‘Agreeing To All Terms and Conditions’ Isn’t the End

Surely there should be a better way in 2018 – a better way to deliver the gist of what you’re getting into when you check the “I Agree” box indicating that you agree to be bound by the terms and conditions which form part of using whatever service you’re using? I mean seriously, we all know – each and every last one of us – we all know that you’re supposed to read the Ts & Cs so that you know exactly what you’re signing up for, but who really does?

Anyway, any legal expert will tell you that you should just go and make yourself that cup of coffee, sit down and dedicate a few minutes of your life to reading the terms, because they’re legally binding and could have some dire consequences for you down the line, should things go wrong. It’s not likely that things would go wrong in such a way that you’ll lose your house or something like that, but there’s always a slight possibility.

I guess if I put it in that way then it should definitely get your attention as it kind of puts things into a bit of perspective, doesn’t it?

Those of you who are fond of the adult animated series, South Park, might very well be aware of that one episode where Steve Job’s character, representing Apple of course (suggestively so or as a parody), slipped in some terms and conditions into the use of the iPhone I think or some or other Apple software, and by agreeing to those terms and conditions without having read them specific users of those services subsequently signed themselves up to be part of a very degrading human experiment.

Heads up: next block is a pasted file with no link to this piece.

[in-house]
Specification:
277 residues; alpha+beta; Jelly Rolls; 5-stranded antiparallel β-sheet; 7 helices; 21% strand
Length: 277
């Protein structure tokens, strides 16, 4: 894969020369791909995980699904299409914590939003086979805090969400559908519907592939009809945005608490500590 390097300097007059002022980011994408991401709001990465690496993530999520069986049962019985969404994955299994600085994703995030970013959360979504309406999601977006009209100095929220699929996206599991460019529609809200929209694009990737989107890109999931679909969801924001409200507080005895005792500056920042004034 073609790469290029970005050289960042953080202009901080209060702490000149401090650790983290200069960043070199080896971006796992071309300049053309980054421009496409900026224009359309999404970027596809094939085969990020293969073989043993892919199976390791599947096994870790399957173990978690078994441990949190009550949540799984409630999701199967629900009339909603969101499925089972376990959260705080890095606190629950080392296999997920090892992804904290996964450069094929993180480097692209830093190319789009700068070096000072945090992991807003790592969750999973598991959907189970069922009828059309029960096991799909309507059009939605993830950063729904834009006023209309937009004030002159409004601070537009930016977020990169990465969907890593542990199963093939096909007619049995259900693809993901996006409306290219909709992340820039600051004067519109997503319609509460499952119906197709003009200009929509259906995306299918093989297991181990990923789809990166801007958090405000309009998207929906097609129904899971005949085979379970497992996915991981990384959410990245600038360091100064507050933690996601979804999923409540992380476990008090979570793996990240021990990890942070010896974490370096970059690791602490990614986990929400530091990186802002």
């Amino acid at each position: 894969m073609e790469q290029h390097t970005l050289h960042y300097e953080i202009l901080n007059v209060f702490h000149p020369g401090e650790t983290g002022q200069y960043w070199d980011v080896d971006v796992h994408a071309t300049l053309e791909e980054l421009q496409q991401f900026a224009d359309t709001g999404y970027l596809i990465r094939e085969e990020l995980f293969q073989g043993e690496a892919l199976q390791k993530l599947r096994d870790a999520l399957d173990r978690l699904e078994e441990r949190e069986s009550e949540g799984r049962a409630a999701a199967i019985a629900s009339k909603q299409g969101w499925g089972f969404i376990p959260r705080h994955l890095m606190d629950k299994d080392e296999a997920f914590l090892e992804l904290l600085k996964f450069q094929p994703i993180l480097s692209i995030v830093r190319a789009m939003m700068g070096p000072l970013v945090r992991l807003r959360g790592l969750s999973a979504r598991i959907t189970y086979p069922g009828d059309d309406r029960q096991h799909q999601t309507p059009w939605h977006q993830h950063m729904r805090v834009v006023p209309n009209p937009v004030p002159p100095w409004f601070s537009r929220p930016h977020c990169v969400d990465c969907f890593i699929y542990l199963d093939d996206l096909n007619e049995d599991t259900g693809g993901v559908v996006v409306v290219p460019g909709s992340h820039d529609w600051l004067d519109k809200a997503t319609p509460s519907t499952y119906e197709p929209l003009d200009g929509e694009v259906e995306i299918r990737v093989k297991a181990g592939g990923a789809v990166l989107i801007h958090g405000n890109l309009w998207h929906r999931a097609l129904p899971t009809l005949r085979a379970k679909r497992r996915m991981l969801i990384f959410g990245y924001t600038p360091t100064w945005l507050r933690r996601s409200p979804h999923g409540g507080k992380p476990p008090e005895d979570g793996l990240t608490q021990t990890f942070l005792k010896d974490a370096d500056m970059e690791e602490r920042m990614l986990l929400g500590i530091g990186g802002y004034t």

Go check it out – it’s hilarious, but otherwise what I’m getting at with today’s post is that as much as those terms and conditions you agree to are legally binding, by merely having checked to agree to them you don’t necessarily sign away your entire life. Agreeing to all terms and conditions is not the absolute end, even if something happened which was expressly and explicitly included in what is effectively a legally binding contract.

I mean otherwise it would be easy for everybody involved, but then whoever the service provider is would hold all the power and they could effectively just stipulate some terms and conditions which would have to be adhered to by everyone. That would give them power to abuse the law and pretty much just do what they want.

That’s why the legal industry exists though and that’s why if you’re perhaps looking for the services of a personal injury lawyer Seattle has one of the best firms specialising in various areas of local and national law. That’s the trick to it though – I made mention of a personal injury lawyer as a kind of subtle hint that you don’t necessarily have to deal rope in the services of a lawyer who claims to specialise in something like digital law should you perhaps suffer a personal injury as a result of having used some digital services which have terms and conditions that effectively indemnify the service provider.

It’s not the end – get a personal injury lawyer and take advantage of the free case evaluation / initial consultation they usually have on offer to gauge the strength of your case. There is recourse for those who go forth and seek it.